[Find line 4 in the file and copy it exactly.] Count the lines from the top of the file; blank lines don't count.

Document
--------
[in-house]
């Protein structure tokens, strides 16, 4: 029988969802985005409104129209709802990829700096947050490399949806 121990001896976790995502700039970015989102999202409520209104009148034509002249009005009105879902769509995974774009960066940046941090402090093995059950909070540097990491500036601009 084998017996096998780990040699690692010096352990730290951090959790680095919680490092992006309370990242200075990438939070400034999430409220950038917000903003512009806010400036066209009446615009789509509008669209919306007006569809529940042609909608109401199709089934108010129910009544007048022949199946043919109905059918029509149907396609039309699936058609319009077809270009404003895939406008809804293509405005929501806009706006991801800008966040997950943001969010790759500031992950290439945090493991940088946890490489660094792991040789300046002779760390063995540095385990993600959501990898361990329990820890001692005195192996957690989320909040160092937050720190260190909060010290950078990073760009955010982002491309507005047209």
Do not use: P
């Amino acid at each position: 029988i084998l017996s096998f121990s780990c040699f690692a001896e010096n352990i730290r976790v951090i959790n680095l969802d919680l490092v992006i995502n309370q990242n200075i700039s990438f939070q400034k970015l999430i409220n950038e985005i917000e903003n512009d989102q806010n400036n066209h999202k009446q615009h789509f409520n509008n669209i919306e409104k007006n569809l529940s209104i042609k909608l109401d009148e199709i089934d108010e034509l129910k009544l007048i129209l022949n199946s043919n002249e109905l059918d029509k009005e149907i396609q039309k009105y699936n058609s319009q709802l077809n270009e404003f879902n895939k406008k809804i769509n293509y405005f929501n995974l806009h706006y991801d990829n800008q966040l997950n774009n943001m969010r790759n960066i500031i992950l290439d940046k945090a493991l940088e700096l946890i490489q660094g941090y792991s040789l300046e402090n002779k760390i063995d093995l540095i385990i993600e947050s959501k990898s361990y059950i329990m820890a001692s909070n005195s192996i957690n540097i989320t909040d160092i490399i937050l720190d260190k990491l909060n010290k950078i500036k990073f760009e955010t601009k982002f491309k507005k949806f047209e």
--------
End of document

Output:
């Amino acid at each position: 029988i084998l017996s096998f121990s780990c040699f690692a001896e010096n352990i730290r976790v951090i959790n680095l969802d919680l490092v992006i995502n309370q990242n200075i700039s990438f939070q400034k970015l999430i409220n950038e985005i917000e903003n512009d989102q806010n400036n066209h999202k009446q615009h789509f409520n509008n669209i919306e409104k007006n569809l529940s209104i042609k909608l109401d009148e199709i089934d108010e034509l129910k009544l007048i129209l022949n199946s043919n002249e109905l059918d029509k009005e149907i396609q039309k009105y699936n058609s319009q709802l077809n270009e404003f879902n895939k406008k809804i769509n293509y405005f929501n995974l806009h706006y991801d990829n800008q966040l997950n774009n943001m969010r790759n960066i500031i992950l290439d940046k945090a493991l940088e700096l946890i490489q660094g941090y792991s040789l300046e402090n002779k760390i063995d093995l540095i385990i993600e947050s959501k990898s361990y059950i329990m820890a001692s909070n005195s192996i957690n540097i989320t909040d160092i490399i937050l720190d260190k990491l909060n010290k950078i500036k990073f760009e955010t601009k982002f491309k507005k949806f047209e």